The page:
BL: What is the shaping idea behind the Stoppard trilogy?
JO: Perhaps the most important idea of this play is: Who has the map in history? Where are we? There is no map. When I pulled my personal camera back into a long shot and tried to figure what the hell I was approaching here, I came back to "the coast of utopia,"which is of course Stoppard's title. When you think about that, and you should think about that, utopia is an impossibility. There is no coastline, because you can't get there.
BL: There is a sense in the play of the characters trying to have an impact on history, yet history hurtles on without them.
JO: That's very Stoppardian. In the zigzag of humanity that he talks about, the question is raised: Are you the cause or are you the effect? Personally, I think we think we're the cause, and too often we're the effect. These guys, this gang of five, this posse of Russian individuals -- Herzen, Belinsky, Turgenev, Bakunin, and Ogarev -- did in fact know each other that entire period of time. They are both affected by, and affecting, the history of their time. Sometimes they're the doers, and some they're the receivers. What is mystifying and thrilling about our lives is that we sometimes have the mistaken feeling that we're doing it while truly it's being done to us. And I think that's a lot of what these evenings are about. Putting things in connotations that don't have connotations, but not enough to assure us that we're on the right foot. Because we sort of aren't.
BL: How would describe the basic story for people?
JO: This is at first a Chekhovian story and a story that really happened, and a story about a huge wrong that needed to be righted. To put it in fairy-tale terms: Once upon a time, in a country very far away, there were privileged people and great unwashed masses who were hopelessly, hopelessly poor. And some people thought that was not fair. That people shouldn't own people, that people shouldn't measure their wealth in terms of slaves but in terms of enlightenment. And these relentlessly intellectual guys struck flints against an impassive problem until they started a fire. The trouble with fire is, you can't control it. What they tried to do, for the best possible reasons, ended up, in 1917, with murder and cruelty and unbelievable unhappiness. That was the eventuality of revolution, which some people say has to happen. They say that without a revolution of some kind, you can't really effect change.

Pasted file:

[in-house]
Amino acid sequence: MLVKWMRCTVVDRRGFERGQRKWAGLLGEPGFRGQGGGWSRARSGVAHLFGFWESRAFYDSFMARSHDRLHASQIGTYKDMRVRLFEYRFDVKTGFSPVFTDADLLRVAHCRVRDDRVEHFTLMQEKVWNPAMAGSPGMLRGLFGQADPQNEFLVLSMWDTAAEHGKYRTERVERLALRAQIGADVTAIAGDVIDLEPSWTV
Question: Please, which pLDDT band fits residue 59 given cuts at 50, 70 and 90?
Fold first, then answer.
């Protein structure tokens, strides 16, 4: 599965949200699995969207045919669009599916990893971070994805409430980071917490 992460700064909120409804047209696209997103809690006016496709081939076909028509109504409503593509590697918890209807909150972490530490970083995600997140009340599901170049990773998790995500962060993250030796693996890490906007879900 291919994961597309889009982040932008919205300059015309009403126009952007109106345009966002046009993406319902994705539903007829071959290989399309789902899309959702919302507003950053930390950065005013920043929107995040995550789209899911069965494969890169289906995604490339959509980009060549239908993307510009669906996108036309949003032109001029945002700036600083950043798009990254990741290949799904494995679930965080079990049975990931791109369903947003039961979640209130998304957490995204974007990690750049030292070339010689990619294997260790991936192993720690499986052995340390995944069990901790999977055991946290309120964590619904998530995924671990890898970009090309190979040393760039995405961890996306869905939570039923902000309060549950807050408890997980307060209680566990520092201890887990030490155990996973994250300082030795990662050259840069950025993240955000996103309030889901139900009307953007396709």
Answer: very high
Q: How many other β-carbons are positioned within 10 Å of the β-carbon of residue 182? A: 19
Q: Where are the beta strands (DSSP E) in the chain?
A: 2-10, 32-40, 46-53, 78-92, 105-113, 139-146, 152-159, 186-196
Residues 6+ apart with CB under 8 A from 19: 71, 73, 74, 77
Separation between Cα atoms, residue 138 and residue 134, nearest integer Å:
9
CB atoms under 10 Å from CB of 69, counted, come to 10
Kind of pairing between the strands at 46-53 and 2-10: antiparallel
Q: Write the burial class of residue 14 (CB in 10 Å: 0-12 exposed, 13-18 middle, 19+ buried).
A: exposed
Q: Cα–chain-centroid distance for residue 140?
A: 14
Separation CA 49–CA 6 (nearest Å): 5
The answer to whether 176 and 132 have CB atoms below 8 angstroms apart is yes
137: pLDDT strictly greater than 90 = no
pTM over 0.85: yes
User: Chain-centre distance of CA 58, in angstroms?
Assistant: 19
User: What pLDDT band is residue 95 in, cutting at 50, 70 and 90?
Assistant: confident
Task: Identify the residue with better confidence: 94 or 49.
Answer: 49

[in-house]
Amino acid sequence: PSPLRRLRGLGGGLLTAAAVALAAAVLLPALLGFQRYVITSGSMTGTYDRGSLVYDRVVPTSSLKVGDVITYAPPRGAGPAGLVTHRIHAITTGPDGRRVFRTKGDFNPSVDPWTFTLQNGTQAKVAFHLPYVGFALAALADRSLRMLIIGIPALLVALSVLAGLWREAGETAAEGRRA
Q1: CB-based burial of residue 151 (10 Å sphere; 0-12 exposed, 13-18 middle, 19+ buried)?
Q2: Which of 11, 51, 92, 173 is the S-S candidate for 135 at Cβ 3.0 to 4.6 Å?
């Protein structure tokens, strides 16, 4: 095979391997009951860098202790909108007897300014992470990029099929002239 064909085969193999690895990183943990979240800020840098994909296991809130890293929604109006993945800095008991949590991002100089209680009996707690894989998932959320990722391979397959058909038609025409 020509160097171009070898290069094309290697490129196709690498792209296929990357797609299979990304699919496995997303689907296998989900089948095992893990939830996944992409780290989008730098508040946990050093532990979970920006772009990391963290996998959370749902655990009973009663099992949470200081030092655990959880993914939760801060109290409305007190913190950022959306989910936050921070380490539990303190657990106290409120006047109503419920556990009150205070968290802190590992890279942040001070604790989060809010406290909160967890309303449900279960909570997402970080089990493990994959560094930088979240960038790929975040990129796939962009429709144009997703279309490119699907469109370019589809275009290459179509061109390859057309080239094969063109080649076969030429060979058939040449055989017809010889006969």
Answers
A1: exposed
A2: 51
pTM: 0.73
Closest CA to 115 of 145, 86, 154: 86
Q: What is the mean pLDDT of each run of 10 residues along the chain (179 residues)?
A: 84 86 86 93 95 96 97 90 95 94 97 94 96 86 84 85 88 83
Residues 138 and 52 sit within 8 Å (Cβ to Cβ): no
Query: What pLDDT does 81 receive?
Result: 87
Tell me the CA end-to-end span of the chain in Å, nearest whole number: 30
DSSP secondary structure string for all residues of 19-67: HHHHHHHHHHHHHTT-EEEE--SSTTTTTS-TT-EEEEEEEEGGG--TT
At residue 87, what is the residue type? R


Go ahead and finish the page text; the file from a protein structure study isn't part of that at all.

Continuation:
BL: How do you characterize each play generally?
JO: The first story in many ways is the wittiest, and the most charming, and most romantic, and the prettiest. The second story, gets a little deeper and a little darker. And people die. The third has a kind of intense intellectual brilliance. The trilogy is a marathon, but a very enjoyable one.
Saturday, August 05, 2006
LCT launches Utopia site
The official Coast of Utopia site is up with all sorts of goodies! Thanks LY.
Tickets: member tix go on sale this Monday, August 7th; the rest of us must wait til September 10th. StudenTix subscriptions are closed at the mo but you can sign up for the waiting list. Cast: the entire list of who plays what in which part. Jennifer Ehle is Liubov Bakunin in Voyage, Natalie Herzen in Shipwreck (huzzah!!) and Malwida von Meysenbug in Salvage. Blog: there's only an introduction up so far by Brendan Lemon, but definitely worth keeping an eye on. New interview with Jack O'Brien: compare to the 2003 interview. Here are some of the "in a nutshell" bits: FAQ: mildly useful. Calendar: there's a fancy Flash version of the performance dates on the site's sidebar, as well as a downloadable PDF. Below are jpgs of the latter - click to enlarge. Didn't know that they would repeat earlier parts later on in the run as well (so double huzzah!).